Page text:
“The country is on a path where it is likely to see foreclosures at a pace of more than 150,000 a month for at least two years,” warns Dean Baker, codirector of the Center for Economic and Policy Research in Washington, D.C. Instead of rushing to retool the system, policy makers seem to be at a standstill. They need to do something radical. And they need to do it quickly.
Enter Baker. In the Fall-Winter 2009 issue of Shelterforce, he proposes that Congress pass a “right to rent” law, meaning that legislators could bend the policy rules and make it legit for homeowners facing foreclosure to stay in their homes for a set number of years (he suggests 5 to 10). They would simply pay the market-value rent, which would be determined by an appraisal jointly paid for by the renter and the lender. The agreement would also protect the tenant from eviction without just cause, and no taxpayer dollars would be used.
Baker acknowledges that fears about letting banks play landlord when they lack experience are legitimate but notes that many already contract with management companies to handle tenants. Another concern is that without the option to foreclose, lenders would see mortgages as riskier lending situations and thus hike interest rates. This threat is actually a potential upside, Baker says, since it might mean banks would become more cautious about making loans when housing prices are out of step with economic reality.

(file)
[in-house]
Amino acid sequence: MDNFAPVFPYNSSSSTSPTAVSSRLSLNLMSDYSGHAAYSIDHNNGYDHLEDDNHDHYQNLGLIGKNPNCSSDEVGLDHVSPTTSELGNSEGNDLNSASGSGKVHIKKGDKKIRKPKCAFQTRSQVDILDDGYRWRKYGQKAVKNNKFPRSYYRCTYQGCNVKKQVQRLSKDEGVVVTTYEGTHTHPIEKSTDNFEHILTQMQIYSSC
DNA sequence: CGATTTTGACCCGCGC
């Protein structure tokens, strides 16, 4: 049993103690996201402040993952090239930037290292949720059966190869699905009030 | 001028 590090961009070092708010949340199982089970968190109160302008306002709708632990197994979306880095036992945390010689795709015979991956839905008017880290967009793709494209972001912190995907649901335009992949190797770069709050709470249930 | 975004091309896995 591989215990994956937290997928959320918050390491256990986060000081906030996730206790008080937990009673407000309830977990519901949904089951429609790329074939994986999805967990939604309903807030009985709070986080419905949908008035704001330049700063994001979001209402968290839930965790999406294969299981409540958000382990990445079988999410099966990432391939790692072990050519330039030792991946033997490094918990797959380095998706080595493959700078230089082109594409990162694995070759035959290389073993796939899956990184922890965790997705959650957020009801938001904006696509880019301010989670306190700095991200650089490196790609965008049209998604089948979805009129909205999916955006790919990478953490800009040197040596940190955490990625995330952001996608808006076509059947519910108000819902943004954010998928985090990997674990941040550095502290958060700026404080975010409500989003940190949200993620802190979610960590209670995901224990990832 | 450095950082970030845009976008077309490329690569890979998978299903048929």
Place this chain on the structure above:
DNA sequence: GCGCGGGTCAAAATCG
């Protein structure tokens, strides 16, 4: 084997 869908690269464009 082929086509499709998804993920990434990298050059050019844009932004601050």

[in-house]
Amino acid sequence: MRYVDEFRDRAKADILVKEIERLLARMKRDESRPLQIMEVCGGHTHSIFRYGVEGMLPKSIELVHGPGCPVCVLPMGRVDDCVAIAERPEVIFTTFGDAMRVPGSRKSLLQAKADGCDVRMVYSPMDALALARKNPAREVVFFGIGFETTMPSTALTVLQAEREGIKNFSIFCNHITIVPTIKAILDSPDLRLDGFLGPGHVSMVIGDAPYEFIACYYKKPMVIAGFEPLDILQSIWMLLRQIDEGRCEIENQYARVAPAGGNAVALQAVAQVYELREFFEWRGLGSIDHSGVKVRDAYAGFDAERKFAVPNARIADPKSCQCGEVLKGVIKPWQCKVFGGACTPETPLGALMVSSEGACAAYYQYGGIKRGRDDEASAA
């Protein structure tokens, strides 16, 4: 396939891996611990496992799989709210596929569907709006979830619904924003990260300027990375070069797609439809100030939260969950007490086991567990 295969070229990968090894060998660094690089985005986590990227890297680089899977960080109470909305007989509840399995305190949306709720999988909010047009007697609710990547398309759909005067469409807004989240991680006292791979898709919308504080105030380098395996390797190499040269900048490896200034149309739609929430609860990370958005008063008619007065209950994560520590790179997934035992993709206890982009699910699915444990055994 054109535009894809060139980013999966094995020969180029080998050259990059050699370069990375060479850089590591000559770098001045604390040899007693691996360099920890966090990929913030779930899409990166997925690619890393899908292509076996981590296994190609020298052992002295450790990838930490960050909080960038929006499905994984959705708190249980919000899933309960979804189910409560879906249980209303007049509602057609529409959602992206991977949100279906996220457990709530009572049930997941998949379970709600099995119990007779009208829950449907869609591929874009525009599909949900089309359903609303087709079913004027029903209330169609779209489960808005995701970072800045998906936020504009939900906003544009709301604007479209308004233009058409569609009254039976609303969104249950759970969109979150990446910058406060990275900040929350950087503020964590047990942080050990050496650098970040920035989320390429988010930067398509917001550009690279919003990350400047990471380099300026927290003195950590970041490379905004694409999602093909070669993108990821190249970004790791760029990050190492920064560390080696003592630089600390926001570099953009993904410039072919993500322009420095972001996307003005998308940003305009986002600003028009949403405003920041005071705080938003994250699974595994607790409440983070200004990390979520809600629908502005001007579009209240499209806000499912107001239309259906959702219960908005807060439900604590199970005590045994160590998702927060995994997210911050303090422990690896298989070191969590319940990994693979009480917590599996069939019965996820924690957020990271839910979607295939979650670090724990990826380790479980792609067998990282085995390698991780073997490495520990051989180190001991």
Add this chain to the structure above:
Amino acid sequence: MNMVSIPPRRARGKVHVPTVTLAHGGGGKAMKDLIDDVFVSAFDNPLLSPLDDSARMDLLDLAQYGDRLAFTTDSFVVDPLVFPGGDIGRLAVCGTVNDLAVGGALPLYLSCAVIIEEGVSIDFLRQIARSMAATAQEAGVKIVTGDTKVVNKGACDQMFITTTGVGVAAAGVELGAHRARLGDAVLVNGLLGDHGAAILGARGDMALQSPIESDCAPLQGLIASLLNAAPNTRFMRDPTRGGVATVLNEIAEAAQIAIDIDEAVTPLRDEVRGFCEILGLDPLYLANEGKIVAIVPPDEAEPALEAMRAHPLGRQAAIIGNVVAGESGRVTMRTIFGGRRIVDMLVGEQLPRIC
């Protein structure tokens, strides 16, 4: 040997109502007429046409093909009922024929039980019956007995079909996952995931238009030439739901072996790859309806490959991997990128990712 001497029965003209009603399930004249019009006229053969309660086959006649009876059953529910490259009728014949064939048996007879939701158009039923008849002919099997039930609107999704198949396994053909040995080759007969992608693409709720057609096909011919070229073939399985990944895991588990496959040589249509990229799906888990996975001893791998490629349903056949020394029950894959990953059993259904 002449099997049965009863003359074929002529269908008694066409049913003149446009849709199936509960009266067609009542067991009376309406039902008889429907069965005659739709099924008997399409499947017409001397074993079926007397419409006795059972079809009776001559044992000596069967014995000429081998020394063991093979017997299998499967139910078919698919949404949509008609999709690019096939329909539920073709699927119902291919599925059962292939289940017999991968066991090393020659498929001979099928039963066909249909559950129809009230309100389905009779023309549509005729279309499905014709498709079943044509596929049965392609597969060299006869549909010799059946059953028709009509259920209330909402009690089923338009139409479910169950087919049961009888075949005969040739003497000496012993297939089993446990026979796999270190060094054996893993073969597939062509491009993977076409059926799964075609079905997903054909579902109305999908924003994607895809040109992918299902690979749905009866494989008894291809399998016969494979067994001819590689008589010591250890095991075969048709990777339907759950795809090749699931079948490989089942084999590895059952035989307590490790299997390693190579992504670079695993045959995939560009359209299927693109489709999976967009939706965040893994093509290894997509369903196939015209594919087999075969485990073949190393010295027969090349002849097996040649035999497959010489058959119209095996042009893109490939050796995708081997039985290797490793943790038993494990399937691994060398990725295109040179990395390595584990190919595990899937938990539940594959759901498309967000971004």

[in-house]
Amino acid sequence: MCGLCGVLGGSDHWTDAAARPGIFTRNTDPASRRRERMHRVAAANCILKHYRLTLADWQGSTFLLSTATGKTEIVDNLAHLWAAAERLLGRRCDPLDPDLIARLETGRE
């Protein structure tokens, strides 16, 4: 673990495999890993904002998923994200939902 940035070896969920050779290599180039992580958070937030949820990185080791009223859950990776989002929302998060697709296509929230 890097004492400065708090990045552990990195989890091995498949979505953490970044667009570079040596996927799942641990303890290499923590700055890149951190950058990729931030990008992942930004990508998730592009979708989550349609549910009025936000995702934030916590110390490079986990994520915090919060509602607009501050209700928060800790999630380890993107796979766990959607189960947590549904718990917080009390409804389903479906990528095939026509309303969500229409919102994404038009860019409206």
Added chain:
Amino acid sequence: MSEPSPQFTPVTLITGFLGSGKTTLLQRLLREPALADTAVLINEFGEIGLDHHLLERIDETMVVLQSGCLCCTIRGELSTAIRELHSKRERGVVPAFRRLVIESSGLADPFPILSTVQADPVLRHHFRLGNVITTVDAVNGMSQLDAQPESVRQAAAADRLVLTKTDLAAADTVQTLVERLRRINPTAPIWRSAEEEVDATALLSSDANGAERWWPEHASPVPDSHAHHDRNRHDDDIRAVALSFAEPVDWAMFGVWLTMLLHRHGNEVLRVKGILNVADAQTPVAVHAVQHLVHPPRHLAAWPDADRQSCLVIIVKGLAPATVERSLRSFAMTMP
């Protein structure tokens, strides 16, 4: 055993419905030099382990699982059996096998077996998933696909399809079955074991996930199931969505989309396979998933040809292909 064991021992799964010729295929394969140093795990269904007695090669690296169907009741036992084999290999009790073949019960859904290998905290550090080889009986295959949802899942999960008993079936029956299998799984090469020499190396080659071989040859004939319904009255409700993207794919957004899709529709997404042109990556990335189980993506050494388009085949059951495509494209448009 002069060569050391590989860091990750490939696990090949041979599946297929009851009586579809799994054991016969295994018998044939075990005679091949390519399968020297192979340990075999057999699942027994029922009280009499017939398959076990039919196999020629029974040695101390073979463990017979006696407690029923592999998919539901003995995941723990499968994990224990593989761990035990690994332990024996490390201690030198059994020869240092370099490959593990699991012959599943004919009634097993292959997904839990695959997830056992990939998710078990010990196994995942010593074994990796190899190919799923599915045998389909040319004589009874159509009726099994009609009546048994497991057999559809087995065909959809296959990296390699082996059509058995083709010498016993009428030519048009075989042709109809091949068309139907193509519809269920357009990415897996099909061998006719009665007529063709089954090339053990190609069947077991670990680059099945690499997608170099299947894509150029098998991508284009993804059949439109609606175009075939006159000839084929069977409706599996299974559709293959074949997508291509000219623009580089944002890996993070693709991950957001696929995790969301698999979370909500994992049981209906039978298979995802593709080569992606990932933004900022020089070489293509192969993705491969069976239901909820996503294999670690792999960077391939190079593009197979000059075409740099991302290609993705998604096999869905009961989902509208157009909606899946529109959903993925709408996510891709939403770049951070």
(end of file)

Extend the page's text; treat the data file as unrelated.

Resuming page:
So far no state has enacted a right-to-rent law, but mortgage giant Fannie Mae offers a one-year rental plan that can be renewed, and Freddie Mac has a plan that operates month to month.